Failure to articulate a strategy for economic recovery is a glaring weakness. But it is indecision elsewhere that reinforces the impression of an administration that has lost its moorings. On issues such as the Heathrow airport expansion, for example, there is continuing confusion.
Last week, the Prime Minister was challenged by a senior backbencher to show whether he is “a man or a mouse” over the issue of a third runway. And as if that was not enough, Nick Clegg, the Liberal Democrat leader and Deputy Prime Minister, took the opportunity to air his support for higher taxes for the well-off, those to be on top of a so-called mansion tax.
These notions are so alien to his larger coalition partner that there is no realistic prospect of them ever proceeding into legislation. This Mr Clegg well knows. His call was widely seen as little more than a ploy to mollify the Left of his party ahead of the party conference. This may be good politics, but it is not good government.
And even within the Liberal Democrats there are now public grumblings about this meandering and incoherent style of leadership. It is easy for former leader Sir Menzies Campbell to brush this aside as mutterings only to be expected in the run-up to a party conference. But this does not address the greater concern that they may be true.
However, it is over the economy that the coalition is most vulnerable. Last week brought sharp criticism from the heads of the Confederation of British Industry and the British Chambers of Commerce that the government has not been nearly robust enough is pushing through measures to lighten the regulatory burden, simplify planning and promote enterprise.
Now from Mr Cameron and Mr Osborne comes a pledge to tackle planning problems – only now.
No clear pathway to recovery has been spelt out. And on the central mission of the coalition – debt and deficit reduction – there has been a signal failure. The deficit target is on course to be missed and net debt continues to increase. This is an administration heading towards failure on all counts that matter.
The biggest concern is the absence of bold new policies that would offer some prospect of raising the economy out of the doldrums. But where is the big idea? We need to hear something, and soon. The government’s credibility is shrinking, and dithering over Heathrow does nothing to aid confidence.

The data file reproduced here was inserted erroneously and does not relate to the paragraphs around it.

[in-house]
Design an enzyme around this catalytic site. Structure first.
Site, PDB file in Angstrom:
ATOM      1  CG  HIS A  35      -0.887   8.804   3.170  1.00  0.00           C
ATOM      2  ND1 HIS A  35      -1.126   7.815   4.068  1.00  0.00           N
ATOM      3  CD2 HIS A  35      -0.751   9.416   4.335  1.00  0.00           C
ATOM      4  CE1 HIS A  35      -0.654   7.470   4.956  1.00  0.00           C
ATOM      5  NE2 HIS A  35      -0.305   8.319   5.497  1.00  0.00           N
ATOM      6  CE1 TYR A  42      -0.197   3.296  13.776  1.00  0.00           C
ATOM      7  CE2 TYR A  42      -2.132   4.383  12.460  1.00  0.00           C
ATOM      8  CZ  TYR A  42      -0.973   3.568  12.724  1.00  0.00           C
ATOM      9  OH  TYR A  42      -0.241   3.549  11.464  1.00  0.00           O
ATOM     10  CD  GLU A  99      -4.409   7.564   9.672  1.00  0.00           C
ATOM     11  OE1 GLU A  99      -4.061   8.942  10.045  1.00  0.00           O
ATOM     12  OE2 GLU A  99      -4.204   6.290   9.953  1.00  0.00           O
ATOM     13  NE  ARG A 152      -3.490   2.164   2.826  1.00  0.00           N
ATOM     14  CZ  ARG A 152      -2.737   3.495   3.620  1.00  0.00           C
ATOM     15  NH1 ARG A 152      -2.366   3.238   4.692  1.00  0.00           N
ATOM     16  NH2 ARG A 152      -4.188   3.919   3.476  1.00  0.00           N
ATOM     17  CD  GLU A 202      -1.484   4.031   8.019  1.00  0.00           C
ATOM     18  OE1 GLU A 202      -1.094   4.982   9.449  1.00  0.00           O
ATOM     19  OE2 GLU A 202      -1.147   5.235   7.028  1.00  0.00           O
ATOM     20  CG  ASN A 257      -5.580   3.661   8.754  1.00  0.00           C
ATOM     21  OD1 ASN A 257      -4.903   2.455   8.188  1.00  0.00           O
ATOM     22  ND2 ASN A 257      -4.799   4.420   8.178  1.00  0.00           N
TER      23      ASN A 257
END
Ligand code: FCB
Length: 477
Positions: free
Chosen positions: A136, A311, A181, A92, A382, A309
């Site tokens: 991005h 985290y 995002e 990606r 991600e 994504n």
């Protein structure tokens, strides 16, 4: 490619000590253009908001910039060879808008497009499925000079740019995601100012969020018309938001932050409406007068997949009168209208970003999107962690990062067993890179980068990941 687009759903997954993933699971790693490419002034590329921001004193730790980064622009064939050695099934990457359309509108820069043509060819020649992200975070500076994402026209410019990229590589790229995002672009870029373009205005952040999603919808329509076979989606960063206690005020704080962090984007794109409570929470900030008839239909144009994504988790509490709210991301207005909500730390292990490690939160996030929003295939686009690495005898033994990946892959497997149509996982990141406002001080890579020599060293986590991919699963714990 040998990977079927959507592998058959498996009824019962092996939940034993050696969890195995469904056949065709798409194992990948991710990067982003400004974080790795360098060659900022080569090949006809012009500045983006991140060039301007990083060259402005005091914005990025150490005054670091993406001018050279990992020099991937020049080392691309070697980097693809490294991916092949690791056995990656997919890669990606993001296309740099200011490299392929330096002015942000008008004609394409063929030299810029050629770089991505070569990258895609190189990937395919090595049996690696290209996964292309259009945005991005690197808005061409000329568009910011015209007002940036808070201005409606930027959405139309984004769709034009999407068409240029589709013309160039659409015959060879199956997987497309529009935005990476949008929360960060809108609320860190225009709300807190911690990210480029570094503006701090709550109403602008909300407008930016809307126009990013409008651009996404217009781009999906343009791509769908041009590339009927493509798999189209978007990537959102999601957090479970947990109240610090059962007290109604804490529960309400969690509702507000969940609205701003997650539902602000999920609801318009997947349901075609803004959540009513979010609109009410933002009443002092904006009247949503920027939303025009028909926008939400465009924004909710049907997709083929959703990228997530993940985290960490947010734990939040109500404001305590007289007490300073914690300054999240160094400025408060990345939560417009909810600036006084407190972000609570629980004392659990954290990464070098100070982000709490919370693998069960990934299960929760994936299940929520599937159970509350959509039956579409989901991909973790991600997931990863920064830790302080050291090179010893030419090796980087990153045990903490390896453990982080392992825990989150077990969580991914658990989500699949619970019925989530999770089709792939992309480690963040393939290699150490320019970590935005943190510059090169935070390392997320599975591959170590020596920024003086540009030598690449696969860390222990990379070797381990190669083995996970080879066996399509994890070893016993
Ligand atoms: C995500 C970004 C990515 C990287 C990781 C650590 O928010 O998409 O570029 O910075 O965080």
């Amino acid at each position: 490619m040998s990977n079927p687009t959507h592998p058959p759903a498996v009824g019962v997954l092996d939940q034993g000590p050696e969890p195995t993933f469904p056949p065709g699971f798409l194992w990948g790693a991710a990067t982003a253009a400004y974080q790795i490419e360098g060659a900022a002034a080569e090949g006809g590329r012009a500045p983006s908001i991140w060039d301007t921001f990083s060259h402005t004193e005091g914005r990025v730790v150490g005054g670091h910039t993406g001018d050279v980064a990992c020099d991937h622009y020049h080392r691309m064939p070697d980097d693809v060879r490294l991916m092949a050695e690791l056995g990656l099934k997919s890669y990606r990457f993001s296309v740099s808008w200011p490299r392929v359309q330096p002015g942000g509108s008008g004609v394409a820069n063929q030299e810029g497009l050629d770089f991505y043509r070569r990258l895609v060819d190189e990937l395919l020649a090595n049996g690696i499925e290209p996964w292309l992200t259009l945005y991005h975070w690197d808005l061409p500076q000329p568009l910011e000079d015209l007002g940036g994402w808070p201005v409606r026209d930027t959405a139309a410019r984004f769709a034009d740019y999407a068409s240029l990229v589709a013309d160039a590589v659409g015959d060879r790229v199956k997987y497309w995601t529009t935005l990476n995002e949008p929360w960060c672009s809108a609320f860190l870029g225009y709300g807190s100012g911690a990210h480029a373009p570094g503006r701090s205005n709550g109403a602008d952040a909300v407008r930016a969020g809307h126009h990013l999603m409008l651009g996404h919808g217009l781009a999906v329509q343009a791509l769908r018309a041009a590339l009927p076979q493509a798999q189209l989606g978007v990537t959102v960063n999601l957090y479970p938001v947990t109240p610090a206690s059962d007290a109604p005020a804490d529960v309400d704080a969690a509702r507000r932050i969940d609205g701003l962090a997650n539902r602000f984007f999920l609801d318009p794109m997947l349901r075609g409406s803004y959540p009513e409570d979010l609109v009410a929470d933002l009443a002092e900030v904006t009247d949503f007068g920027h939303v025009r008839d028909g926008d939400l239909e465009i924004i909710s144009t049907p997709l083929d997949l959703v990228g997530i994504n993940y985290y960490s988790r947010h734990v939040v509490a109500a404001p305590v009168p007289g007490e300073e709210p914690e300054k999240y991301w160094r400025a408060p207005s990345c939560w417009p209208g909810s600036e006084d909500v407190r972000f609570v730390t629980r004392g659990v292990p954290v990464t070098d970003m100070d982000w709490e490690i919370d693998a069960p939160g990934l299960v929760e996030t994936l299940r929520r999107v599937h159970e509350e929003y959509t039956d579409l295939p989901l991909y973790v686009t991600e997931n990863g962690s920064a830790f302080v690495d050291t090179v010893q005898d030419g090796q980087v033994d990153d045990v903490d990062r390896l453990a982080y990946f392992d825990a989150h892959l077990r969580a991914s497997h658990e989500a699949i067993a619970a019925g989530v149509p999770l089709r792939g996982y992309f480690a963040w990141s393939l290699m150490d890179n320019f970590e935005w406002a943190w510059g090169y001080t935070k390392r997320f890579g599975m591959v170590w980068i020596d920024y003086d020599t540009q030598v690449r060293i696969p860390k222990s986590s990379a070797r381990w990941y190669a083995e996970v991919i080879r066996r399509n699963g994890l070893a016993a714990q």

There now talk of a Cabinet reshuffle. There is a case for bringing in fresh talent – Lib Dem David Laws, for example, at the Treasury. But different pegs in the same holes will make little difference. Any reshuffle needs to be accompanied by a clear statement of new ideas and direction.
Improved prescription for GP surgeries
For most people in reasonable health, contact with their GP is their main experience of the National Health Service. This makes it all the more important to the standing of the NHS that attention is paid to the relationship between patient and GP.
However, as Reform Scotland notes in a new policy paper today, the top five negatively-rated issues in a Scottish Government survey were all to do with how patients accessed services. It is here the paper’s authors believe improvements can be made. More could be done to improve access, and there would seem to be some practical and worthwhile value in the proposals put forward.
For example, it highlights the wide variation in how GP services can be accessed, depending on where you live: whether the practice is open in the evening or at weekends, whether it allows you to book appointments or order repeat prescriptions online, or indeed whether the practice even has a website.
This matters because GPs are the gatekeepers to the NHS. The paper claims the current system is effectively a lottery as patients have very little choice over the GP practice with which they can register. GPs would counter that there is considerable choice when patients sign up to a particular practice. But some patients may have found switching GPs not so straightforward.
Reform Scotland would like to see larger catchment areas so that there are more surgeries from which to choose. And it would like more and better information to be provided to patients. Its championing of this point may well have been reinforced by the difficulty the authors had in obtaining information from the NHS when researching this paper.